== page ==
So how effective are accountants in making these fair-value adjustments? Take the case of Boston Scientific Corp. (BSX)’s purchase of Guidant Corp. in 2006. The acquisition raised Boston Scientific’s total assets from $8 billion to $31 billion, adding $20 billion of intangibles. The combination proved to be a dud, generating no significant increase in profit and free cash flows. Investors figured this out, and Boston Scientific’s market capitalization is now around $9 billion, down from more than $25 billion at the end of 2006. But the company is still carrying $16 billion of intangibles on its balance sheet, mostly goodwill from the Guidant acquisition. This despite the losses the company has generated in five of the last six years. As a result, the medical-device maker currently has a book value per share of about $8, and a stock price of about $6.
Other companies with disconcertingly high fair values for their intangibles include Sprint Nextel Corp. (S), Legg Mason Inc., AOL Inc., EchoStar and CME Group Inc.
Of course, estimating the fair value of a complex business isn’t simple. Boston Scientific acknowledged as much on Page 63 of its recent 10-K filing: “Although we use consistent methodologies in developing the assumptions and estimates underlying the fair value calculations used in our impairment tests, these estimates are uncertain by nature and can vary from actual results. The use of alternative valuation assumptions, including estimated revenue projections, growth rates, cash flows and discount rates could result in different fair value estimates.”
Perhaps this is why accounting rules have traditionally left the job of estimating uncertain fair values to investors.
-- Solutions: The traditional accounting model is organized around recognizing revenue from past transactions and matching those with associated expenses to produce periodic earnings. The primary role of the balance sheet is to keep stock of benefits and obligations relating to past transactions. For example, past sales that are owed to a company are recorded in accounts receivable. The key summary measure of performance under the traditional model is the earnings attributable to periodic revenue. Investors use this information as a starting point for projecting future earnings and cash flows, which then are used to estimate company value.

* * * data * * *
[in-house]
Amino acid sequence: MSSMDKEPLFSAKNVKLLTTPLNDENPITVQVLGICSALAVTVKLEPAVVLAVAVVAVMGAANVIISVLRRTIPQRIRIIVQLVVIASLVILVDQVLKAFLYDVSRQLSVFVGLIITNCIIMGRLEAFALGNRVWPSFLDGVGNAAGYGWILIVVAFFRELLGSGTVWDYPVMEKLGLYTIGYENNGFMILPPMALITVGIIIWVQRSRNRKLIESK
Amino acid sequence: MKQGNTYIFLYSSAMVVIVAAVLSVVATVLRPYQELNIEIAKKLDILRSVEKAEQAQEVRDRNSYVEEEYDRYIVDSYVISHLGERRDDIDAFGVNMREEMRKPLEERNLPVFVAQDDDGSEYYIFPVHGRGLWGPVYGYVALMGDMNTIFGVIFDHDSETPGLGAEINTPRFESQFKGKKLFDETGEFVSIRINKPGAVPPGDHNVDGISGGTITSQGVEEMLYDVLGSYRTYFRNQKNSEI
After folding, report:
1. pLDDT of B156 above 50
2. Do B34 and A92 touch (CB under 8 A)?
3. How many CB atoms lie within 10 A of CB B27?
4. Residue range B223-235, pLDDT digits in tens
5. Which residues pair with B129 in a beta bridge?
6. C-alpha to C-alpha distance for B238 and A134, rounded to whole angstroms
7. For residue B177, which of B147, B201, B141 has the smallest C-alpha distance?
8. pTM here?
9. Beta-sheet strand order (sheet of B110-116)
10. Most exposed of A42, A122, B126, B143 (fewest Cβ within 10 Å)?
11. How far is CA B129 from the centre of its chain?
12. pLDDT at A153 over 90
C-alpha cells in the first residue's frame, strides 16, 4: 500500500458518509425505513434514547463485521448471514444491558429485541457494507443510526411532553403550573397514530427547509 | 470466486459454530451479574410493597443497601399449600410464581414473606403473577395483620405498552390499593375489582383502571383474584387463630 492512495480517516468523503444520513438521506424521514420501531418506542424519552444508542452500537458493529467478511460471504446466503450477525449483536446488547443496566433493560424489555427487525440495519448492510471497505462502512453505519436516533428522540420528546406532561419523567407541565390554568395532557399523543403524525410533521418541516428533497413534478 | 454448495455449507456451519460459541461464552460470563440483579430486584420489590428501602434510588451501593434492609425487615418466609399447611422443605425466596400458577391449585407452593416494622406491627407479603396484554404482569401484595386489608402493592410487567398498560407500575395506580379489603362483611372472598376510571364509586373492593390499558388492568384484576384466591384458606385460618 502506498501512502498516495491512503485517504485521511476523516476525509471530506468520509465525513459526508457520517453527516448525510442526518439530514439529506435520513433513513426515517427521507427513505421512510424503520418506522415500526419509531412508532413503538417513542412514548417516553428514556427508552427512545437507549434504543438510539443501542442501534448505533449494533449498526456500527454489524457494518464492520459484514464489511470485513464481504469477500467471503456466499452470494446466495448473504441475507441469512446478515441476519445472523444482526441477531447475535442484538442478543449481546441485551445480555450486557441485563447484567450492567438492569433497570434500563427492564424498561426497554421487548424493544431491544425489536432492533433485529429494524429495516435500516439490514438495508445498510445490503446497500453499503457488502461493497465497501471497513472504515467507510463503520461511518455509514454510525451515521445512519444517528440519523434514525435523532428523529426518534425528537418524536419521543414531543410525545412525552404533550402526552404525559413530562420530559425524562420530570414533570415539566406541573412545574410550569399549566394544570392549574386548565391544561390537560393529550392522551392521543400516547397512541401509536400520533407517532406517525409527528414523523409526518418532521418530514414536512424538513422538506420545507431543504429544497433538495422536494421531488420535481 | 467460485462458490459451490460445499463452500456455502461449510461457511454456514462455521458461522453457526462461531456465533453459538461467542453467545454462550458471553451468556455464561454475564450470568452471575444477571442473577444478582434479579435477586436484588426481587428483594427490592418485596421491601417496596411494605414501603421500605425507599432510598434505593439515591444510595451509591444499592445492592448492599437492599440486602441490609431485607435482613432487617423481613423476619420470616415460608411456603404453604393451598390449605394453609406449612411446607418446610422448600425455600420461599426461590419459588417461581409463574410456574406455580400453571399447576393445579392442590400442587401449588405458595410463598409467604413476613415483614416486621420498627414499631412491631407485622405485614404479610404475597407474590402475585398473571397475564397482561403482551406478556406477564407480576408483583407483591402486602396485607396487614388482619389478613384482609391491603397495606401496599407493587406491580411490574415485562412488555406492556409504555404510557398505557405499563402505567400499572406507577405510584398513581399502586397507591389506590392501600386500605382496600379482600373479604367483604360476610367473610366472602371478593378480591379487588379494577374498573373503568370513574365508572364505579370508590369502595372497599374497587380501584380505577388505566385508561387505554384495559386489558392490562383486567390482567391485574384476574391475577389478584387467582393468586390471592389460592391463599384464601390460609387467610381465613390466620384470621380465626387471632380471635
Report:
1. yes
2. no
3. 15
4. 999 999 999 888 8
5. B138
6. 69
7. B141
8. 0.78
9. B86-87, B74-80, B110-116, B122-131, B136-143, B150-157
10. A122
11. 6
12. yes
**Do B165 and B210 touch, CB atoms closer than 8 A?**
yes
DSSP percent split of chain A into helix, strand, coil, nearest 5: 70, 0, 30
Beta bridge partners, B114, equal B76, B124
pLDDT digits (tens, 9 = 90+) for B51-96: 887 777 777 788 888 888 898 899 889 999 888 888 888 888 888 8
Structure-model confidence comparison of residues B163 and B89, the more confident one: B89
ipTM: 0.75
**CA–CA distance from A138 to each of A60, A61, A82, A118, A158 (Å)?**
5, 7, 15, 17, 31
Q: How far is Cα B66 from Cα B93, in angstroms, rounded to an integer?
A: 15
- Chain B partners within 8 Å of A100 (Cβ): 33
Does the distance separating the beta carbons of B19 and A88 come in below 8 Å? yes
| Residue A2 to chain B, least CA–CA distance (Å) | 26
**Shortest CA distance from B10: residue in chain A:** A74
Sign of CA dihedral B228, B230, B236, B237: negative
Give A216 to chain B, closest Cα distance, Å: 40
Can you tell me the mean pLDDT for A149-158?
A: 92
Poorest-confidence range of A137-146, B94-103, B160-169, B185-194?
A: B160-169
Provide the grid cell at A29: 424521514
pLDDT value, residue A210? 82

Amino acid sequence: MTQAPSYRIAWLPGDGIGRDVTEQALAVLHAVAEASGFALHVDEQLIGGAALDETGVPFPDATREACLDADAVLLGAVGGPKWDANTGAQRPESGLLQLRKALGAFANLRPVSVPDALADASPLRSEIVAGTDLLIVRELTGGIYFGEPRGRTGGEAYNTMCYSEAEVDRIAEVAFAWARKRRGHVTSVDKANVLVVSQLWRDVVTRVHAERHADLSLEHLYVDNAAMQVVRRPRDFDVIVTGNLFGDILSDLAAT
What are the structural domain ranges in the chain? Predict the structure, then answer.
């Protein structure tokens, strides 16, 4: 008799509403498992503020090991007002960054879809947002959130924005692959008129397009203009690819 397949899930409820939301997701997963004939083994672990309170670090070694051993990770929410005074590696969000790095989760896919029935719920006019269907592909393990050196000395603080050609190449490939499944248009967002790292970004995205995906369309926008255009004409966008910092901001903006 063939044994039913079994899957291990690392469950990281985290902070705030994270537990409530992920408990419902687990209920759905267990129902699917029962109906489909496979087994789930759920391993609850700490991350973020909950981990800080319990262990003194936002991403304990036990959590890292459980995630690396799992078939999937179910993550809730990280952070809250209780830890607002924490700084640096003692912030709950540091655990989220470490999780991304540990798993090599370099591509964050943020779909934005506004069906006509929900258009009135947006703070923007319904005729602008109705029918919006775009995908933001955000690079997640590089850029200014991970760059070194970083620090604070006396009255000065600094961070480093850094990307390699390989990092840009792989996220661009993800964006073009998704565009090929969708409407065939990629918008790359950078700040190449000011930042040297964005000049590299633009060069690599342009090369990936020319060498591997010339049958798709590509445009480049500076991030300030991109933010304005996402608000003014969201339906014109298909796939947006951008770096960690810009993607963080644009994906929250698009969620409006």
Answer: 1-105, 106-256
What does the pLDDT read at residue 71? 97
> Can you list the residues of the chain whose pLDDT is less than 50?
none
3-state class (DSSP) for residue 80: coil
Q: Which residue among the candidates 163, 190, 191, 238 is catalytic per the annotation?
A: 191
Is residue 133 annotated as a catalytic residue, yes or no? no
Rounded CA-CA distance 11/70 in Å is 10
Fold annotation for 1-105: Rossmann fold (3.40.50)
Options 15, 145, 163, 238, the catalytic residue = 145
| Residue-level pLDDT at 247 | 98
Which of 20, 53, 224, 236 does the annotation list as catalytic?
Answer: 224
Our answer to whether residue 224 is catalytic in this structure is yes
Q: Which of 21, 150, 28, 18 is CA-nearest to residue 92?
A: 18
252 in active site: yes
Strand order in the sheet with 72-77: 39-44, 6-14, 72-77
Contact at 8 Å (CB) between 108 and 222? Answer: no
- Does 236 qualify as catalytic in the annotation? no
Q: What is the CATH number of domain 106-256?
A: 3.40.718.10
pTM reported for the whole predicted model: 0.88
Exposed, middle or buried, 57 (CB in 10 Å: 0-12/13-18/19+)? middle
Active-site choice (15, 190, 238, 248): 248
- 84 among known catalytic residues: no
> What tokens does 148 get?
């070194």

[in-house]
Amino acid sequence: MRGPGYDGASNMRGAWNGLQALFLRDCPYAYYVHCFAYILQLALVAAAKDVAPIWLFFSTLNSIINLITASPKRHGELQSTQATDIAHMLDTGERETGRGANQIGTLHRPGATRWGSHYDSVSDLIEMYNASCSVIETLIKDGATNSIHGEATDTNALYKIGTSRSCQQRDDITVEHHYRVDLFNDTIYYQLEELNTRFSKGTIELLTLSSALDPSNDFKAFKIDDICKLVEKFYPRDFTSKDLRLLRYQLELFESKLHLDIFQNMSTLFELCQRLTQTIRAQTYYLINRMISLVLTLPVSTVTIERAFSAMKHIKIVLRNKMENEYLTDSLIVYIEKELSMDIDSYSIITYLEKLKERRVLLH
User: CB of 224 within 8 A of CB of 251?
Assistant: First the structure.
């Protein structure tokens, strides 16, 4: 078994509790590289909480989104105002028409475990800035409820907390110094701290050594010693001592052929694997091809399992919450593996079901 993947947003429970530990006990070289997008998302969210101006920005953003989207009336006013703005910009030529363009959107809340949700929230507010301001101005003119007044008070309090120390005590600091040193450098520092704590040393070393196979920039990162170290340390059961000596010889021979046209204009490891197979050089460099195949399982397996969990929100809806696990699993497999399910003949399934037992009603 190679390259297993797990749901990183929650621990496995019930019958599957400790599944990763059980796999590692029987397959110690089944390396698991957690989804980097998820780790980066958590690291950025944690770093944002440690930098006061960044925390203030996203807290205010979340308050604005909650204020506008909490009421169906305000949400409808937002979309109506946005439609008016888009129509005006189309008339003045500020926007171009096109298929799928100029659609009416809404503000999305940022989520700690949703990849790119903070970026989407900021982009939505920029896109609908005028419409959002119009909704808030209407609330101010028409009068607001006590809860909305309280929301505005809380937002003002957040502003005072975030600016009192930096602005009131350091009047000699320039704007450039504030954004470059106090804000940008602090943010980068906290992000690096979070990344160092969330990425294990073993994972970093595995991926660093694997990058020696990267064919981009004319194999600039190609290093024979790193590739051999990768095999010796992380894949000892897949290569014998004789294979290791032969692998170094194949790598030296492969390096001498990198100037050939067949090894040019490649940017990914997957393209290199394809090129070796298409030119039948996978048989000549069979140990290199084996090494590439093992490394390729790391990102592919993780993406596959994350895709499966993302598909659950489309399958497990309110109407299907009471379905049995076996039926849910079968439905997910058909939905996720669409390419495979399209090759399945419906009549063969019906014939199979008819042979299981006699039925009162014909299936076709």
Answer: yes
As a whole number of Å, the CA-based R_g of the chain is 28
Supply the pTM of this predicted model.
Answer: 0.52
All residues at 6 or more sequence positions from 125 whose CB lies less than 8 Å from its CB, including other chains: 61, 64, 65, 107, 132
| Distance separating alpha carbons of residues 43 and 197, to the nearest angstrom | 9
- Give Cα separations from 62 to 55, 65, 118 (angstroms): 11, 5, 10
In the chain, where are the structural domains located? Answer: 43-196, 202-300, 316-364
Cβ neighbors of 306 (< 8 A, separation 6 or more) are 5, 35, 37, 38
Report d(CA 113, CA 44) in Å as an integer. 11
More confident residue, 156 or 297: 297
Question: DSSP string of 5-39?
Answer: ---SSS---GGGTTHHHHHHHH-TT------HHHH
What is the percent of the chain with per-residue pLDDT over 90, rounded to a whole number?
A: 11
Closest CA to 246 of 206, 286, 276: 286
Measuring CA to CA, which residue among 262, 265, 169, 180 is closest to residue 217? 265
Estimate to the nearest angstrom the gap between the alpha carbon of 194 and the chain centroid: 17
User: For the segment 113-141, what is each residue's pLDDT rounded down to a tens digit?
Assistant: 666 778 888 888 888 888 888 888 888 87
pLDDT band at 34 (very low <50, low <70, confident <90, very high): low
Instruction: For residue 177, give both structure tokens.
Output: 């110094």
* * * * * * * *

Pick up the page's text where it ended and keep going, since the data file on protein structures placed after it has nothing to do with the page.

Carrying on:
A pure fair-value accounting model attempts to directly value a company on its balance sheet. We currently only see this model in situations in which the fair value of essentially all a company’s assets and liabilities is readily observable, such as with stock mutual funds. Although this model works well for the likes of the Vanguard S&P 500 Index Fund, it is much more problematic for complex companies such as Bank of America, Apple and Boston Scientific.
Current accounting rules are an incoherent mixture of the two models above. They cling to traditional revenue-recognition rules, while introducing ad hoc fair-value adjustments. This results in balance sheets that rarely do a good job of measuring a company’s fair value and income statements that are so peppered with fair-value adjustments that it is hard to estimate a company’s sustainable earnings.
Managers have responded with a bewildering array of “pro forma” earnings adjustments. But in many cases, these adjustments take legitimate costs of doing business and treat them as if they were irrelevant.
An important objective of financial statements is to produce useful measures of company performance. The current accounting system is increasingly falling short in this respect.
Accounting standard setters should stick with the traditional model and leave the task of estimating uncertain fair values to investors. Readily observable fair values are, in many cases, best left to other comprehensive income or footnote disclosures.
In the meantime, investors would be wise to navigate corporate financial statements with extreme caution.
(Richard G. Sloan is a professor of accounting at University of California, Berkeley’s Haas School of Business and a contributor to Business Class. From 2006 to 2009, Sloan was director of equity research at Barclays Global Investors. The opinions expressed are his own.)